Built in 1937, Trail Creek Cabin quickly became Ernest Hemingway’s favorite place to celebrate everything from birthdays and New Years, and he wasn’t the only one. The cabin was a who’s who of celebrities from Gary Cooper to Ann Sothern who enjoyed dinner and dancing here through the years. Rumor has it the bunny hop and the hokey pokey were invented here.
Have you ever dreamed of sleeping under the stars but couldn’t find any stars to sleep under? Well, look no further than the Central Idaho Dark Sky Reserve. Established in 2017, the Central Idaho Dark Sky Reserve is the first international dark sky reserve in the United States and the 12th worldwide. Encompassing a total area of 1,416 square miles or 906,000 acres, the Reserve spans four counties and five communities. With a “Gold Tier” status (the highest designation given by the International Dark-Sky Association) and most of the Reserve being public land, you shouldn’t have any trouble finding a spot to snuggle up under the stars.
Located 25 miles away from Ketchum, Galena boomed as a mining town only to become a ghost town only two years later. While scoring silver was a thing of the past, the town became gold for fishing, sheep ranchers, and timber and thanks to the development of Sun Valley resort, the town was booming with winter sports enthusiasts. The Galena Lodge was constructed with remnants from the ghost town and it became known as a remote Nordic Ski resort for the first time but there was a problem. The lodge was SO remote it was difficult for guests to access and upkeep was expensive and once again it sat cold and empty. But the community rallied to raise enough funds to save the lodge and donated it to the Blaine County Recreation District. Today, the community owned lodge is once again booming with guests looking to enjoy the great outdoors and cozy up in one of their remote yurts for a night or two.
Resting along quiet Route 75, miners have been replaced with RVs at Smiley Creek Lodge. Currently run by the Crist Family, the historic lodge has been a home base for outdoor enthusiasts since 1953, providing lodging, sustenance at its restaurant, as well as gas for the rambling passerby. Like Levi Smiley, visitors to the lodge will discover a fantastic secret of the Sawtooth—an ice cream parlor full of mouth-watering ice cream and milkshakes famous around Central Idaho.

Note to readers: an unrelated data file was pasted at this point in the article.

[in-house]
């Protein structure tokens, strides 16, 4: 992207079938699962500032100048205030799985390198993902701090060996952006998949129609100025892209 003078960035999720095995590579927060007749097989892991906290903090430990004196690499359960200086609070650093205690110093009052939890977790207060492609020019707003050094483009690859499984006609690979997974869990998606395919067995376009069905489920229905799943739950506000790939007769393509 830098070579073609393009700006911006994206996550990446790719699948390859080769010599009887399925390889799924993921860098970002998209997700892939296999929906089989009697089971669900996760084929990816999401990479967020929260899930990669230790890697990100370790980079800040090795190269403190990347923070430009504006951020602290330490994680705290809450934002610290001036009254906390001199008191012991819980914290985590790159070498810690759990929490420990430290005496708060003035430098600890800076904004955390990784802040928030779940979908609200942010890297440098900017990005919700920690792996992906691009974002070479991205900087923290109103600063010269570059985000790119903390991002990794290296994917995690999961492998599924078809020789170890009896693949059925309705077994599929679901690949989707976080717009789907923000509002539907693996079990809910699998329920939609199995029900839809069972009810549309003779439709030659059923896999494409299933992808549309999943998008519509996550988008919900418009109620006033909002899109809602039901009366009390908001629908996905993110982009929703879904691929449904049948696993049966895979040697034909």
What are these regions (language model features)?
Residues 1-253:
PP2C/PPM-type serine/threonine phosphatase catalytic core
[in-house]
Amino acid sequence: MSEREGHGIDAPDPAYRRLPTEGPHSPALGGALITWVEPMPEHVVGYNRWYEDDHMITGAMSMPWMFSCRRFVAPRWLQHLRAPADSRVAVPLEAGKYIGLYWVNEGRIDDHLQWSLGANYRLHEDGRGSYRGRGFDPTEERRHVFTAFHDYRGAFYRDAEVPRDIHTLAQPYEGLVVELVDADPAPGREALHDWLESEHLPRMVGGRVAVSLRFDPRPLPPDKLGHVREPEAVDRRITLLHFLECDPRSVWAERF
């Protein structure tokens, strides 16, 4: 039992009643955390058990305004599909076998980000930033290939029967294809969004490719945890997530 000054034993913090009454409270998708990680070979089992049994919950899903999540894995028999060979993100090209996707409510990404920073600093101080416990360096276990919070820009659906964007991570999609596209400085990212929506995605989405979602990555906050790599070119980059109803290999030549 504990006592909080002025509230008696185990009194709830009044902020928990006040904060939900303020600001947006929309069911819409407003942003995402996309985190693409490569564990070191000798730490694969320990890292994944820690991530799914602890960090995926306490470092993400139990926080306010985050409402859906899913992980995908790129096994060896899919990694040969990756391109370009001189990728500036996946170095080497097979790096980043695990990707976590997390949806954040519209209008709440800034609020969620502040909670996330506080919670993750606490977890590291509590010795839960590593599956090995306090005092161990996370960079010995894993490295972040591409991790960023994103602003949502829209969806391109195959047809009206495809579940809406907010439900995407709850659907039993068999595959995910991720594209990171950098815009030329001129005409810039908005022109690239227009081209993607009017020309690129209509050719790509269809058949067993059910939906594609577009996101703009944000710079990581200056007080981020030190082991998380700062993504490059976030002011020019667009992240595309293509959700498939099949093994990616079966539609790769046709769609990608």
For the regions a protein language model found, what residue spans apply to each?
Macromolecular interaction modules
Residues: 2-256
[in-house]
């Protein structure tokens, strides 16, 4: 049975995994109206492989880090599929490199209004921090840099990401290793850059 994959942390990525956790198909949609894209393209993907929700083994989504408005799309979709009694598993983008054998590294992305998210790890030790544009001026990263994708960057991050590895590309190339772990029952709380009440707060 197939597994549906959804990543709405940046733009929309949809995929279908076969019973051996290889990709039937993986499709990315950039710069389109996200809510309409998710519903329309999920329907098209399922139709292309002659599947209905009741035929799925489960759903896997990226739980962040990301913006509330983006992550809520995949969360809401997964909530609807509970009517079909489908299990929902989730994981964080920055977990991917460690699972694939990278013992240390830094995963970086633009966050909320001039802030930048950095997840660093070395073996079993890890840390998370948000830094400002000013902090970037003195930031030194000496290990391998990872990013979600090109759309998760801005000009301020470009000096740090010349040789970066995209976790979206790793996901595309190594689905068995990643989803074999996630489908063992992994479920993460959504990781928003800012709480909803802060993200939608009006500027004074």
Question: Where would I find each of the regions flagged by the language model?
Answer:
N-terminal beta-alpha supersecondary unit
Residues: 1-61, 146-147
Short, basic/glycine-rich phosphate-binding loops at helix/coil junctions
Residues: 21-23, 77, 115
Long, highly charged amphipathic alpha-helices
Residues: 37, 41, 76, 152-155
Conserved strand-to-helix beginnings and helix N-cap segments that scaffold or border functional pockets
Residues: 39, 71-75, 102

Known as “The Gateway to the Sawtooth Wilderness”, the small town of Stanley is the perfect place to get away from it all. With a population of less than 200 people, you are likely to run into more elk than humans. No matter the season, there are plenty of outdoor activities to keep you entertained and a handful of restaurants to fuel up before heading back out into the wilderness.
Founded in 1994 by a small group of local gardeners and environmentalists, this 5-acre community garden houses native and cultivated plants that flourish at high altitude. The garden was built for a visit from the 14th Dalai Lama, who blessed the garden and a finely carved 400 pound Tibetan prayer wheel filled with over one million written mantras, one of only two erected in the United States.
Hailey, Idaho is home to a one-of-a-kind archery experience for all skill levels. This studio is the perfect destination for those looking to “hit the bullseye” and escape the cold. Visitors can take aim at a variety of targets while learning proper form and technique from certified instructors. Whether you’re a seasoned pro or a “newbie” to the sport, the studio offers private and group lessons to suit your needs. So, if you’re looking for a unique and exciting way to “arrow” your time in Hailey, this is the place for you!
This indoor skating arena is perfect for anyone looking to enjoy the ice away from the elements. Home to a state-of-the-art rink that is frosty fun for those looking to ice skate, catch a hockey game or curling match. Whether you’re a seasoned skater or a newbie on the ice, Campion Ice House is the perfect destination for visitors looking to glide into some fun in Hailey.